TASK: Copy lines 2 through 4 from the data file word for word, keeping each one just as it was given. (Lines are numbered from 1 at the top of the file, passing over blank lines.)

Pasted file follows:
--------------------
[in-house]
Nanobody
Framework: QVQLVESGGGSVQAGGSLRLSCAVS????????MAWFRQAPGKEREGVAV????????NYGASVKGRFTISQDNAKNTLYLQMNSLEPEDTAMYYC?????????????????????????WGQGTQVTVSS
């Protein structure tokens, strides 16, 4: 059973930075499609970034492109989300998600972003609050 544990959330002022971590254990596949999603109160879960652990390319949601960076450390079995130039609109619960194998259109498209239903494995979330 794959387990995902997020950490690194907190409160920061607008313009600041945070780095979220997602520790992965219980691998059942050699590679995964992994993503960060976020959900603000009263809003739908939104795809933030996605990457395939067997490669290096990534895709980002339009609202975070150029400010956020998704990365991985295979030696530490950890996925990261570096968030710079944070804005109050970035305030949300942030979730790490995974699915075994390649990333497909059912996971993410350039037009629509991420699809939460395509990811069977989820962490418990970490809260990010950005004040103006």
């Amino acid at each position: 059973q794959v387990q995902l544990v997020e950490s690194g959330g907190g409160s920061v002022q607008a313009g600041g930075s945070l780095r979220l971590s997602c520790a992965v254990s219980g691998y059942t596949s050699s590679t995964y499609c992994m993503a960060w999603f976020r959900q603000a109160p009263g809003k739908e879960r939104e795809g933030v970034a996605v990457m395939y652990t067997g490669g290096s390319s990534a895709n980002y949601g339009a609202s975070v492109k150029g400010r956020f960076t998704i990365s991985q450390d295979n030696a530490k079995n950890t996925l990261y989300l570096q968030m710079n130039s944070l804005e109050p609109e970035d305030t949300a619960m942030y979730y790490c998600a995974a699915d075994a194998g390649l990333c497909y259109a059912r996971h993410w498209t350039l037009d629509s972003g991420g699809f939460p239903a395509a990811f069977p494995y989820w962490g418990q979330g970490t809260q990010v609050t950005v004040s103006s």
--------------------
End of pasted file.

Nanobody
Framework: QVQLVESGGGSVQAGGSLRLSCAVS????????MAWFRQAPGKEREGVAV????????NYGASVKGRFTISQDNAKNTLYLQMNSLEPEDTAMYYC?????????????????????????WGQGTQVTVSS
């Protein structure tokens, strides 16, 4: 059973930075499609970034492109989300998600972003609050 544990959330002022971590254990596949999603109160879960652990390319949601960076450390079995130039609109619960194998259109498209239903494995979330 794959387990995902997020950490690194907190409160920061607008313009600041945070780095979220997602520790992965219980691998059942050699590679995964992994993503960060976020959900603000009263809003739908939104795809933030996605990457395939067997490669290096990534895709980002339009609202975070150029400010956020998704990365991985295979030696530490950890996925990261570096968030710079944070804005109050970035305030949300942030979730790490995974699915075994390649990333497909059912996971993410350039037009629509991420699809939460395509990811069977989820962490418990970490809260990010950005004040103006």